Online advertising now counts for a 27 percent share of the New York Times (NYSE: NYT) Company’s over all ad revenue, as its web ads rose 14.6 percent. That represents significant turnaround from Q309, when the NYTCo’s online ads fell 7.2 percent. Within the News Media Group, the main newspaper unit, digital dollars jumped 21.6 percent, helping to offset a 5.8 percent decline in total print ad revenue, all of which the company told investors to expect last month.
At the About Group, revenues gained 5.5 percent to $32.5 million. Looking ahead to Q4, online is expected to rise to 10 percent, while print declines continue to narrow. For the most part, About weathered the ad recession pretty well, as it sought to balance declining display with its cost-per-click advertising, a natural model for the About.com site, which relies heavily on search traffic, as opposed to regular readers visiting the website on a daily basis.
But now, it’s worth pointing out that About Group display advertising were offset in part by lower cost-per-click advertising, suggesting that stagnating paid search dollars may require a change in strategy from the one that served the unit so well in ’09. The signs of a slight shift started to appear this summer, when it began running an ad campaign with the tagline, “Need to Know.” For the most part, About.com has been working diligently to make sure it doesn’t get lumped in with the “content farms” that currently make up much of the “how-to” sites, by focusing the ad campaign at advertisers as well as consumers.
Aside from better news on the ad front, but the NYTCo’s main struggles to manage costs and a heavy debt load, ultimately served to prevent it from swinging to a profit in Q3, despite largely successful efforts to reduce its burdens.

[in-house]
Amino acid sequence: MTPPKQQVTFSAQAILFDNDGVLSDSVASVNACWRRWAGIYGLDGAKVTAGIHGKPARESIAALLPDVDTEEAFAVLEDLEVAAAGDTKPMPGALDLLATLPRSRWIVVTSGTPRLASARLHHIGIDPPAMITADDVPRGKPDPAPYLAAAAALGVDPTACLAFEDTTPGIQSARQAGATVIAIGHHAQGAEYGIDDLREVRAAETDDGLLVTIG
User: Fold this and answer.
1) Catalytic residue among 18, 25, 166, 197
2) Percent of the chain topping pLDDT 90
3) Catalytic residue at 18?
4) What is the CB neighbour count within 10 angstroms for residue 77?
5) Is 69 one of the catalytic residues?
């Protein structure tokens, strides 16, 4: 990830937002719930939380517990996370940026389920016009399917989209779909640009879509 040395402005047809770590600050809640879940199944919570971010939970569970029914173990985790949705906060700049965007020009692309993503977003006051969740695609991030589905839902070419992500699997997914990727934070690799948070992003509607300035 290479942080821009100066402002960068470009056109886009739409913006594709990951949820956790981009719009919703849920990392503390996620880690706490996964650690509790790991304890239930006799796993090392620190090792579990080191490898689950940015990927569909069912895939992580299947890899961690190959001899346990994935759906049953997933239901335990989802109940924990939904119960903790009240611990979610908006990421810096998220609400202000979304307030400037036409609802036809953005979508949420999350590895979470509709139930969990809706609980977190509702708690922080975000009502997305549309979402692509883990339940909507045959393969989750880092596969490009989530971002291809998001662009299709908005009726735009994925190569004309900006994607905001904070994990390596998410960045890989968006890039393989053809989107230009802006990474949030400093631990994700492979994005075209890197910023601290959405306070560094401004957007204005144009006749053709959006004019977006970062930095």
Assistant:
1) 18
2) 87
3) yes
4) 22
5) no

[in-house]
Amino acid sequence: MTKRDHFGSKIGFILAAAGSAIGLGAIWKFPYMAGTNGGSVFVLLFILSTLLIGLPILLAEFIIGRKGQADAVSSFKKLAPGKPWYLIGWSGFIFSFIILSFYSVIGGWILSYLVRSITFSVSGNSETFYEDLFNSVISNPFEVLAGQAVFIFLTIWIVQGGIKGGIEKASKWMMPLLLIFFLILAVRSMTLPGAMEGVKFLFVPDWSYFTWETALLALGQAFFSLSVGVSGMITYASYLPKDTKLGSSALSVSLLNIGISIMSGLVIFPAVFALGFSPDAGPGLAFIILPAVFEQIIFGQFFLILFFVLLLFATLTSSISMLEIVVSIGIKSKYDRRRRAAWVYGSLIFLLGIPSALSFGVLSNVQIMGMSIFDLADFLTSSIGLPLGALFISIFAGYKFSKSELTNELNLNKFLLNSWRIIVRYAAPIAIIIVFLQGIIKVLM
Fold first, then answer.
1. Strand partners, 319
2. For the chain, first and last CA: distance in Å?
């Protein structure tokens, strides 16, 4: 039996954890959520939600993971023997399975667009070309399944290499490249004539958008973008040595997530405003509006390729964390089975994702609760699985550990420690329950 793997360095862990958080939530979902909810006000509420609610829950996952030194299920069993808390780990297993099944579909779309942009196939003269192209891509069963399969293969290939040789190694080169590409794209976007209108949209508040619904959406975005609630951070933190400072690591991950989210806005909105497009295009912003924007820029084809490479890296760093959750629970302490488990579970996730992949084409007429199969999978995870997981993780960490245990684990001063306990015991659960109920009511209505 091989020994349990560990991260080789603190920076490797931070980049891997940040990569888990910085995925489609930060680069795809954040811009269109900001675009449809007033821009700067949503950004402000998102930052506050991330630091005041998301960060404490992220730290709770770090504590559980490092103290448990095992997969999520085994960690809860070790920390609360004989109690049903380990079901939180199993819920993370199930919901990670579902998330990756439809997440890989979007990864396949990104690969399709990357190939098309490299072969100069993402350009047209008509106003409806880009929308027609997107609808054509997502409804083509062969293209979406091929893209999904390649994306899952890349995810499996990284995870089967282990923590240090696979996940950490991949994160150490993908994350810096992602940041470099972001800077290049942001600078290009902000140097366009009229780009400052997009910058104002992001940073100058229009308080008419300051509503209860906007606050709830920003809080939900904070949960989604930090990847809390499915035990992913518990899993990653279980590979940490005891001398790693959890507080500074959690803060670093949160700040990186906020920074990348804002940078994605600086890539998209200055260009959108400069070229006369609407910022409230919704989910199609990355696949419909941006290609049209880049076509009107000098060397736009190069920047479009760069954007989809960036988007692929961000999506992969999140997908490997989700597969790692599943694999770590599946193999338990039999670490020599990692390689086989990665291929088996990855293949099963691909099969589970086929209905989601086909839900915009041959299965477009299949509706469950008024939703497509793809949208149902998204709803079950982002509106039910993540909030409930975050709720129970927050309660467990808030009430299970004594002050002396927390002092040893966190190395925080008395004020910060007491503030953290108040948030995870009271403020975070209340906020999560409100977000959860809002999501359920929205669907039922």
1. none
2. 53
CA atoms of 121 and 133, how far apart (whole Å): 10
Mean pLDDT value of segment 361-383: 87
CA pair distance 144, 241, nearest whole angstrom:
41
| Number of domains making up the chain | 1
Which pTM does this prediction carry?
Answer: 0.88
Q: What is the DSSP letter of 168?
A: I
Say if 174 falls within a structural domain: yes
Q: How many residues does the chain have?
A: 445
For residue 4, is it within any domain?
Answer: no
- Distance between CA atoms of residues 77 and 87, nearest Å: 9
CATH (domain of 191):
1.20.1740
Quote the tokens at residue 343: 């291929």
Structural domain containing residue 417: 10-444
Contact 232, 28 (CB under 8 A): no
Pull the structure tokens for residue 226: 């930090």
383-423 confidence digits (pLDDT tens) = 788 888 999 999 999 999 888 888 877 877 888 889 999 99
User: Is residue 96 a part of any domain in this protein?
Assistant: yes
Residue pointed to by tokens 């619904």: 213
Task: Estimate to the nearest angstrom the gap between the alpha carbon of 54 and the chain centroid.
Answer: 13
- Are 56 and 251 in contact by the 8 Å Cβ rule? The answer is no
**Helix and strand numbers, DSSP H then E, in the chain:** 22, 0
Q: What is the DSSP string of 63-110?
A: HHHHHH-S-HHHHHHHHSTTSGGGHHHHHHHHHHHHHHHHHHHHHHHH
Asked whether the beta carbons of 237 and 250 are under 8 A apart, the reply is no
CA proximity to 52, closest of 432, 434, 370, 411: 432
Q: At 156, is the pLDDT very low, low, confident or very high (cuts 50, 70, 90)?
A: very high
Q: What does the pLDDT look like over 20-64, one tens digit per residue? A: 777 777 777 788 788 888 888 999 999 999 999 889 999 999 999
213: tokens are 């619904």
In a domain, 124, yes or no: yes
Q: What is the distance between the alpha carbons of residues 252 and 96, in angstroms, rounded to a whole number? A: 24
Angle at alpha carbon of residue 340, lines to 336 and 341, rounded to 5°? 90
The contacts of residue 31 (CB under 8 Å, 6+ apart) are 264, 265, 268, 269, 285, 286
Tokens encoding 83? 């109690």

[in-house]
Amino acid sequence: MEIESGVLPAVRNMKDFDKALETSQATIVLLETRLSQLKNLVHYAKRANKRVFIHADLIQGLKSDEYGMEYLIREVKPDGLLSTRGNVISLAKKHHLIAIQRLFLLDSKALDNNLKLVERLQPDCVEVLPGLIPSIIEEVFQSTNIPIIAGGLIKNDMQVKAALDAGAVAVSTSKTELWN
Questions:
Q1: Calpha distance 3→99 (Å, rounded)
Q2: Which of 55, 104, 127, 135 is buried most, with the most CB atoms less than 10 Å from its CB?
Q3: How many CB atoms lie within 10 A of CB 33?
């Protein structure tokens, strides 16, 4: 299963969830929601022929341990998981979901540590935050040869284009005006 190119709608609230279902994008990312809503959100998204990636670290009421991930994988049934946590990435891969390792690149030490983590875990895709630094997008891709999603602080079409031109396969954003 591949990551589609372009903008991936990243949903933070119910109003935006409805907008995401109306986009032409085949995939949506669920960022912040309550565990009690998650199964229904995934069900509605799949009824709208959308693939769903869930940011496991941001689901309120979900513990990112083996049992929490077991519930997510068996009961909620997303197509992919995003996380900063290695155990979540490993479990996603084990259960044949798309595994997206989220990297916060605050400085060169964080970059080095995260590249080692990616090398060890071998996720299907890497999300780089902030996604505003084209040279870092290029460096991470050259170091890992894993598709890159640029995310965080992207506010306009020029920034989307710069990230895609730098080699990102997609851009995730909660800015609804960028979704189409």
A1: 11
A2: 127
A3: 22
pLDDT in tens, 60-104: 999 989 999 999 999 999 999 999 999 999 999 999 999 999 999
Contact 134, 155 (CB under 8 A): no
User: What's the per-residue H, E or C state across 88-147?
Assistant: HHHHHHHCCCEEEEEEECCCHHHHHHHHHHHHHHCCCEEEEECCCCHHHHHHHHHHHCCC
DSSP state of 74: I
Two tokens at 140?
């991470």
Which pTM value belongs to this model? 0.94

Specifically, operating costs were up just 0.8 percent. The NYTCo lowered its debt and capital lease obligations by more than one-third to approximately $646 million.
The NYTCo’s ad comeback, in the form of rising online dollars and slimming print declines, were largely thanks to the improving national ad recovery. At the local papers, any notion of an ad comeback were blunted by a weak economy, which continued to batter classified ad sales. Unlike its local brethren, the flagship paper is not as heavily reliant on classifieds. Secondly, digital ads are not doing enough to offset continuing print losses.
For example, the Regional Media Group, which houses Florida’s Sarasota Herald-Tribune and California’s Press Democrat, posted a 4.5 percent revenue drop. Meanwhile, the New England Media Group, which includes The Boston Globe, saw revenue fall 6.2 percent.
The company knows that it even with an uneven advertising comeback, it will have to rely more on direct payment from its online readers if it ever hopes to see more plus signs in the revenue column. In addition to its long-anticipated metered paywall that’s set to arrive early next year, in the second half of 2011, The Boston Globe will launch its own paywall gambit with a separate paid subscription site at BostonGlobe.com.
At the same time, it hopes to hold on to the ad supported model at its existing Boston.com site, which will remain free. On a much smaller scale, the experiment in paid content has begun at its other New England Media Group property, the Worcester Telegram & Gazette, which introduced a its metered model for its site during the third quarter.
Interestingly, the NYTCo pointed to other areas of activity on the digital front. It noted the recent investment in social news startup Ongo, along with Gannett (NYSE: GCI) and The Washington Post Company (NYSE: WPO). During the company’s earnings, call Janet Robinson said the NYTCo contributed about $4 million to the Cupertino venture’s $12 million total funding. WaPo and Gannett contributed the same amount each.
Other highlights from the quarter included:
— Total revenues fell 2.7 percent to $554.3 million. Advertising revenues declined 1.0 percent; circulation revenues declined 4.8 percent; and other revenues declined 1.5 percent.
— Total News Media Group revenues decreased 3.1 percent to $521.9 million.
— Total Internet revenues increased 13.3 percent to $89.4 million (including online ads’ 14.6 percent growth to $78.3 million). For the first nine months of 2010, the NYTCo’s internet revenues rose 16.5 percent to $274.1 million. During that same period, online ad dollars were up 18.1 percent to $240.7 million.
— About Group operating costs increased 9.1 percent to $18.6 million, primarily because of higher compensation costs and marketing expenses, including the major ad campaign it unveiled over the summer and runs through the end of the year. Operating profit rose 1.1 percent to $13.9 million.
— Income from unspecified joint ventures fell 26 percent to $5.5 million.